The Daughters series is rather formulaic. You know what you're going to get. But that's not a bad thing. When I'm choosing where to go out to eat, I have loads of restaurants to go to. I usually end up going to my favorite place and getting my favorite dish. I'm never surprised but I always leave happy. You'll leave happy with any book in the Daughters series.

Rating: 3.5 / 5

Wednesday, February 15, 2012

Bunheads by Sophie Flack

Bunheads by Sophie Flack
October 10, 2011; Poppy


Summary

As a dancer with the ultra-prestigious Manhattan Ballet Company, nineteen-year-old Hannah Ward juggles intense rehearsals, dazzling performances and complicated backstage relationships. Up until now, Hannah has happily devoted her entire life to ballet.

But when she meets a handsome musician named Jacob, Hannah's universe begins to change, and she must decide if she wants to compete against the other "bunheads" in the company for a star soloist spot or strike out on her own in the real world. Does she dare give up the gilded confines of the ballet for the freedoms of everyday life? (courtesy of Goodreads)

Review

Bunheads is the opportunity to live vicariously the life of a ballerina. As someone who was born with three left feet (you may not think that's possible, but if you see me dance, you'll understand), it is wonderful to become a dancer for 300 pages. In Bunheads, the reader follows Hannah, a 19 year old professional ballerina, who lives, sleeps, eats, and breathes ballet. It is such a foreign world that you feel like you're reading a fantasy or visiting a different country. Sophie Flack does a fabulous job of setting up the ballet world.

Ostensibly, Bunheads is about a young ballerina who thinks only of ballet until she meets a handsome, intriguing guy "from the outside" who introduces her to the real world, at which point said ballerina needs to decide whether she would rather continue ballet or venture out into the big world with lover-boy. But if you're looking mainly for plot heavy romance, go elsewhere. The rather unoriginal plot is the least interesting thing about Bunheads. Where the book excels is the immersive ballet experience.

Sophie Flack is a retired professional ballerina so she knows of which she writes. The book is supposedly mostly autobiographical. The world of professional ballet is one of sweat, tears, joy, competition, cruelty, hard work, heart break, opportunities, and ultimately the love of dancing. I loved how Hannah seemed representative of the typical dancer. She's not the star, but she's not the weakling. We saw day in and day out how much she sacrificed for ballet. She is 19 years old - old for YA - but in many ways as emotionally immature as a 14 year old. She has not really lived. She works incredibly hard - enduring hours of intense rehearsals only to finish it off with more exercise and a limited diet. All in the name of earning a better role.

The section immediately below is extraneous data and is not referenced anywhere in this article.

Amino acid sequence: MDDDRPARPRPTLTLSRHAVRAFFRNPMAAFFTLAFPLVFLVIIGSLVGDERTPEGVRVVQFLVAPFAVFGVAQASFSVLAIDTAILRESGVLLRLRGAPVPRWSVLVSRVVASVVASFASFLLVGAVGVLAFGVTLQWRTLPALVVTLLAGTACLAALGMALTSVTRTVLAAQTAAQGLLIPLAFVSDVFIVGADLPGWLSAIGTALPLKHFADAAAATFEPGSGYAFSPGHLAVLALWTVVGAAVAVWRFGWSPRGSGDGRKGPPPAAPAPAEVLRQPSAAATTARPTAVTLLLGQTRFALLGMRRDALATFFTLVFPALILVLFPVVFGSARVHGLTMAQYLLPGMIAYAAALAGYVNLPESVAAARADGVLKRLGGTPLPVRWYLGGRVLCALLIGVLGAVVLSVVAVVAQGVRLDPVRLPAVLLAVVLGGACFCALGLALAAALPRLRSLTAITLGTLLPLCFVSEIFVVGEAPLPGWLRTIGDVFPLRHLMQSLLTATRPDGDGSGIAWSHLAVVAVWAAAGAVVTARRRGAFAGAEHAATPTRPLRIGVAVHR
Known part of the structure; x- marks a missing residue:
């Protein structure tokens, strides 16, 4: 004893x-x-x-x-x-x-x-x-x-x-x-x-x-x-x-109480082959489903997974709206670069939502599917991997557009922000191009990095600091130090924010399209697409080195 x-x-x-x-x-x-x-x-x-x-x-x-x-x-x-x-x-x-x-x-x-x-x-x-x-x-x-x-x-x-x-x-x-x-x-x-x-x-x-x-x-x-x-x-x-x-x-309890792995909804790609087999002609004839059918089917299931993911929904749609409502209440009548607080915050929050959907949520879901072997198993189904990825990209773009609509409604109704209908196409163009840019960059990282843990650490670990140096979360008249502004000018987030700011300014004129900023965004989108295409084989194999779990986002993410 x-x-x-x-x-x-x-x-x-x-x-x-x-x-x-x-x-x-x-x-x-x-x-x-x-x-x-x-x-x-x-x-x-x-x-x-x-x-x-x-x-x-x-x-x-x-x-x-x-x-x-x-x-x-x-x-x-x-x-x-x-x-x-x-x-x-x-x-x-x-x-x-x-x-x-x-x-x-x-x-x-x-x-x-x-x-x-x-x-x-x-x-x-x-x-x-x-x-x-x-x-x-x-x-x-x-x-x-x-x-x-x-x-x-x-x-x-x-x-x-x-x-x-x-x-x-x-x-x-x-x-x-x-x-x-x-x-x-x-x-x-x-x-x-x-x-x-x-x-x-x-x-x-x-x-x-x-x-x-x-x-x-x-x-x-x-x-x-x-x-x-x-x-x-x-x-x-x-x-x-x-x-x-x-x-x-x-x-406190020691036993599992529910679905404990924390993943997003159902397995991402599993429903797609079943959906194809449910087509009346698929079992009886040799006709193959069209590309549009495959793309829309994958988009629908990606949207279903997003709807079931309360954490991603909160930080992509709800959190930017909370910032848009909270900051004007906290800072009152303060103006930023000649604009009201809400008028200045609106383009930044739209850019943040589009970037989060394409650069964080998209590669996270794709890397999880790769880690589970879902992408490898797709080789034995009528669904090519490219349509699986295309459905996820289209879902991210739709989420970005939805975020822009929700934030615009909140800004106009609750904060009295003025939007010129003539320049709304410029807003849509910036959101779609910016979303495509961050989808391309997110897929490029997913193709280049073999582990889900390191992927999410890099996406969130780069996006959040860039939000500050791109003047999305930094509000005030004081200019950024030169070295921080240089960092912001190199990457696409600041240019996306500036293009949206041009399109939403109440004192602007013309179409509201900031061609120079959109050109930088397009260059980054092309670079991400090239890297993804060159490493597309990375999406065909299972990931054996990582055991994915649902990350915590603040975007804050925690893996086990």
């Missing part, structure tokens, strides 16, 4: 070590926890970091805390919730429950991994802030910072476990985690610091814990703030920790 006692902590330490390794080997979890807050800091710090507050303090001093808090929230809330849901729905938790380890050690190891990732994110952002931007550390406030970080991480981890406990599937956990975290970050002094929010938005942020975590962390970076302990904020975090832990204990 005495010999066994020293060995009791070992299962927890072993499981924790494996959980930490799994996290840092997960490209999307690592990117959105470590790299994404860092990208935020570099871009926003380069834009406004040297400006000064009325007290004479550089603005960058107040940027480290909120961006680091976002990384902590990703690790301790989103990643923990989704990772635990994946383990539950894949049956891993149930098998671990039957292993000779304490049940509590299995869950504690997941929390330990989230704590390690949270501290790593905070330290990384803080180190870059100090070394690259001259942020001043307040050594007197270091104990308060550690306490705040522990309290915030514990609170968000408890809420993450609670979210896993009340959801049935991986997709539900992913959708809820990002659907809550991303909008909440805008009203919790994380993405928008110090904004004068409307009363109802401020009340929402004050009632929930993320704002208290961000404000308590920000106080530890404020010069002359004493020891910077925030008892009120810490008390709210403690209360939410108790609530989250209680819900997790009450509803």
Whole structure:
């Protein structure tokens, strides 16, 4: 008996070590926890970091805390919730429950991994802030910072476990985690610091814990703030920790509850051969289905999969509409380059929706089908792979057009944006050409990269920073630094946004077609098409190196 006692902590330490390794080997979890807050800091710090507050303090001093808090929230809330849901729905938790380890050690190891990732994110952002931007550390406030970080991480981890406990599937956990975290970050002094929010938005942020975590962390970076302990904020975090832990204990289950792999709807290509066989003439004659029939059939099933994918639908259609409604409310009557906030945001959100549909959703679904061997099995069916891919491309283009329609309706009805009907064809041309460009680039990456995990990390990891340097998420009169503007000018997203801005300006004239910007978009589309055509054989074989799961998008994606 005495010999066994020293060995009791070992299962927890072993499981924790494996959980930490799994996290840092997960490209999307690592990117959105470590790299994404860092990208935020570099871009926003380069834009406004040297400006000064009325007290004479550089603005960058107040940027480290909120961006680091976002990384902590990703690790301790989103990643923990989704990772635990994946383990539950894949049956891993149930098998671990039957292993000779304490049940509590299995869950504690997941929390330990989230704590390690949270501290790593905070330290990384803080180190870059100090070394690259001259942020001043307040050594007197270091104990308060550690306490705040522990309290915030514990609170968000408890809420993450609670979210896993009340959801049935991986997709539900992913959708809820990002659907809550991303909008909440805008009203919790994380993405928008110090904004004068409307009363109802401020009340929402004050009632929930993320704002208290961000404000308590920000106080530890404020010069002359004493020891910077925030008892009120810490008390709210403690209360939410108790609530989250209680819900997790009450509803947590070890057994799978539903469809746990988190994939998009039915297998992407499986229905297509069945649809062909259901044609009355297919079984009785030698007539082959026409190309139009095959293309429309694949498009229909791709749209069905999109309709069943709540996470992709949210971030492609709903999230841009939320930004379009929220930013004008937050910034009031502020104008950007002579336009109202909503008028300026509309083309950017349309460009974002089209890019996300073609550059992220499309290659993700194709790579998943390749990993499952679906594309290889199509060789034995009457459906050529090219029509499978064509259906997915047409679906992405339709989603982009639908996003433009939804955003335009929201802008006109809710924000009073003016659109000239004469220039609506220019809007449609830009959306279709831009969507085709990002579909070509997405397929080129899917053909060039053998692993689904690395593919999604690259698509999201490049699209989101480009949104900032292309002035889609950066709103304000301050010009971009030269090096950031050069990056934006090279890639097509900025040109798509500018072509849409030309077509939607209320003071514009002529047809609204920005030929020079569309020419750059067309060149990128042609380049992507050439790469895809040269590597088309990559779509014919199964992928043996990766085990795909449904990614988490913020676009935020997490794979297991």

The world of ballet is unimaginably competitive. Hannah's only friends are her co-dancers, who are also her competitors. The cattiness can get extreme. We see every girl, Hannah included, smile to a girl's face only to talk about her behind her back. A lot of reviewers criticize the book for featuring a "mean girl" main character, but I don't see it that way. With the exception of a few saints, I think most of us have talked about other people behind their backs, be they friends, family, or enemies. It's not a positive attribute, but it is a real one. I am very pleased to see a protagonist who is a fundamentally nice girl but isn't perfectly kind. In fact, I think it's one of my favorite parts of the book, simply because it's different. But the characters aren't always catty. There are many scenes where you see how the characters care for and support one another.

Bunheads is a endearing, fun book that takes you behind the scenes of a professional ballet. Regardless of the plot, the cultural experience is worth the read alone. I loved how Sophie characterized the world as demanding and unforgiving, but also showcased the beauty of dancing. We understand why Hannah stays with ballet, because she exudes her love for dancing. And we feel it too. Bunheads is one of the best athletic books I've read in a long time and I highly recommend it.

Rating: 4 / 5